Sunday, August 31, 2008

Spaced Out

This appeared in today's The Sunday Express


“The literary essay,” wrote American essayist Arthur Krystal, “though it may begin by addressing books, always ends up being about the interaction of society and culture.” An observation that’s exemplified yet again by Amit Chaudhuri’s pieces in Clearing A Space, comprising articles earlier published in The London Review of Books and The Times Literary Supplement, among other places.

A common thread running through many of the essays here is Chaudhuri’s concern with tracing an alternative version of Indian writing, one that steers a course between the idea of India as a mystical, exotic land and the postcolonial, polyphonic torrents of Salman Rushdie and those who followed him. This is the space that Chaudhuri tries to clear, one that exists in “the elisions that direct the binaries (East, West; high; low, native; foreign, fantasy; reality, elite; democratic)”.

To chart this, Chaudhuri attempts to define a separate Indian modernity through the actions of its literate middle class over the years, particularly that of the Bengal Renaissance; to reevaluate Indian writing in the vernacular; and to look at the texts of those who pre-date the “boom” in Indian-English writing. Thus, there are essays that offer perspectives on writers such as Nirad Chaudhuri, R.K. Narayan, Michael Madhusudan Dutt, Jibananda Das and, of course, arch Bengali humanist Rabindranath Tagore.

In expressing unease with triumphalist narratives of India’s rise, and glib theories of what Indians ought to be writing about, Chaudhuri favours delicacy, nuance and the minutiae of the everyday – which, of course, are the qualities that distinguish his own novels and stories. These are reminders that the house of fiction, with its foundations in India or elsewhere, ought to contain many rooms, and not just one great hall for the majority.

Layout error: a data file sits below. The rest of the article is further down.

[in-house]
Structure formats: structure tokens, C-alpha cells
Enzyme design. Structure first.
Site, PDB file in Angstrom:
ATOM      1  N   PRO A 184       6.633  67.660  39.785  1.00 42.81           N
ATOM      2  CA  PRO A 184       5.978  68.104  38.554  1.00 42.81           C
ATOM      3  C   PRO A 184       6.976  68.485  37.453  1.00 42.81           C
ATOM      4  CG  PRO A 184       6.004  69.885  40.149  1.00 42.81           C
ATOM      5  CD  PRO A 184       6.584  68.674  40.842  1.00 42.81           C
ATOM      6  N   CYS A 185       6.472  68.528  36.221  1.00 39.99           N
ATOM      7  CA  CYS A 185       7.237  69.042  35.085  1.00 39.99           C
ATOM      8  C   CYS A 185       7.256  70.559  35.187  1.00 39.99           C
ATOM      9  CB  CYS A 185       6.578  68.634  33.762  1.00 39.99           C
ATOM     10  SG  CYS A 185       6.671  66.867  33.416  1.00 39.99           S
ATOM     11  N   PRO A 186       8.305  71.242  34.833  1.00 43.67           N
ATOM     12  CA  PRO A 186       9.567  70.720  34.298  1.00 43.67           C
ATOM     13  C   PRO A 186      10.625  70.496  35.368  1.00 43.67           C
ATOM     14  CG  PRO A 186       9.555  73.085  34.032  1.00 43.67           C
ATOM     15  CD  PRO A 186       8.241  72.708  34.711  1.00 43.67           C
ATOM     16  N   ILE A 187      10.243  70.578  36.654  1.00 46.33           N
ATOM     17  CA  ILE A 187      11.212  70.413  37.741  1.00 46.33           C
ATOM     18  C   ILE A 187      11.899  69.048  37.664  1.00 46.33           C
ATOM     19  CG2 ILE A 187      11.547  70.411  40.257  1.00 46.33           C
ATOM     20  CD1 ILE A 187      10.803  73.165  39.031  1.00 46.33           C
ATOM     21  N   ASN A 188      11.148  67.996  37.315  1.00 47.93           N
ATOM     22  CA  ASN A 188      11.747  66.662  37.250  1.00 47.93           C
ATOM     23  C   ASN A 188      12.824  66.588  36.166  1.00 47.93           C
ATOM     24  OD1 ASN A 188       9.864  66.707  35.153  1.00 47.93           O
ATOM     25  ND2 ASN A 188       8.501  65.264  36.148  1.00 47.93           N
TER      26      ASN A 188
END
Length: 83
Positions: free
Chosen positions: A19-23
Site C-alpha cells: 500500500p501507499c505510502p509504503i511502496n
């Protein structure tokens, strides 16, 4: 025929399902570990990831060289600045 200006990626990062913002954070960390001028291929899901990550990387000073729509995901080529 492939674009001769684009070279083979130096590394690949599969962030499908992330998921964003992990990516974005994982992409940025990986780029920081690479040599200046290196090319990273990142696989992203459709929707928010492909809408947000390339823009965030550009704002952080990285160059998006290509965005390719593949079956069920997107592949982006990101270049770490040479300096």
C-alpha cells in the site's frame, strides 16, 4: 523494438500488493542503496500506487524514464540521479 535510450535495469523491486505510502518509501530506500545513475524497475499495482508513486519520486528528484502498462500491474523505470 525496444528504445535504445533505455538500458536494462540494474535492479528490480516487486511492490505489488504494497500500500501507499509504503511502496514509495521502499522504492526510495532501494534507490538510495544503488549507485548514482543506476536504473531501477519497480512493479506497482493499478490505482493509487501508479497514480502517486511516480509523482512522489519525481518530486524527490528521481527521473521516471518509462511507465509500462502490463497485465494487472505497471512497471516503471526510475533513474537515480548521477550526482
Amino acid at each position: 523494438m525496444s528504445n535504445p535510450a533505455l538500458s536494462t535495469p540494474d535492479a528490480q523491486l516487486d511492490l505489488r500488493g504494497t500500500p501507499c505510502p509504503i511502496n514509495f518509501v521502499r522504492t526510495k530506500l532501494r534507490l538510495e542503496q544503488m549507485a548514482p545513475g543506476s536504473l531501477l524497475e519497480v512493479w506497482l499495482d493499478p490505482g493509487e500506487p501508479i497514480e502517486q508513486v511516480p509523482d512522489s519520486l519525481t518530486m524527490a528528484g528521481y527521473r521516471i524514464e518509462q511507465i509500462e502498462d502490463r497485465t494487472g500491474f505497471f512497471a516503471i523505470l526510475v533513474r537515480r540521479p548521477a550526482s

It ought to be pointed out though that many of the essays, thought-provoking though they may be, are couched in concepts borrowed from poststructural and postcolonial studies which make them heavy going for the lay person. (Never mind the irony of using postcolonial tools to dismantle postcolonial conceits.) These are offset by a few others that offer autobiographical vignettes, such as his move to Bombay with his parents when he was a child, his life in Oxford and his return to Calcutta. (Readers of Chaudhuri’s earlier work will find themselves on familiar ground.) Also of note is a piece on the stasis of what’s called fusion music as well as some astute observations on the commonalities and differences between Bollywood and Hollywood.

Despite the insights on offer, one can’t help but sense a feeling of datedness about the collection. The earliest of these essays was written 14 years ago, and when it comes to Indian writing in English, much has changed. Yes, Midnight’s Children did cast a gigantic – and well-deserved – shadow, but those that came after Rushdie have by now have emerged into their own light, with Vikram Chandra and Amitav Ghosh being merely two examples.

However, the triumphalism referred to earlier clearly is on the ascendant, not just in the discourse of fiction but in every other sphere, be it economic performance or Olympic medals. It’s in this context, then, that Clearing A Space is a necessary reminder of the worth of alternative ways of seeing and relating.

No comments: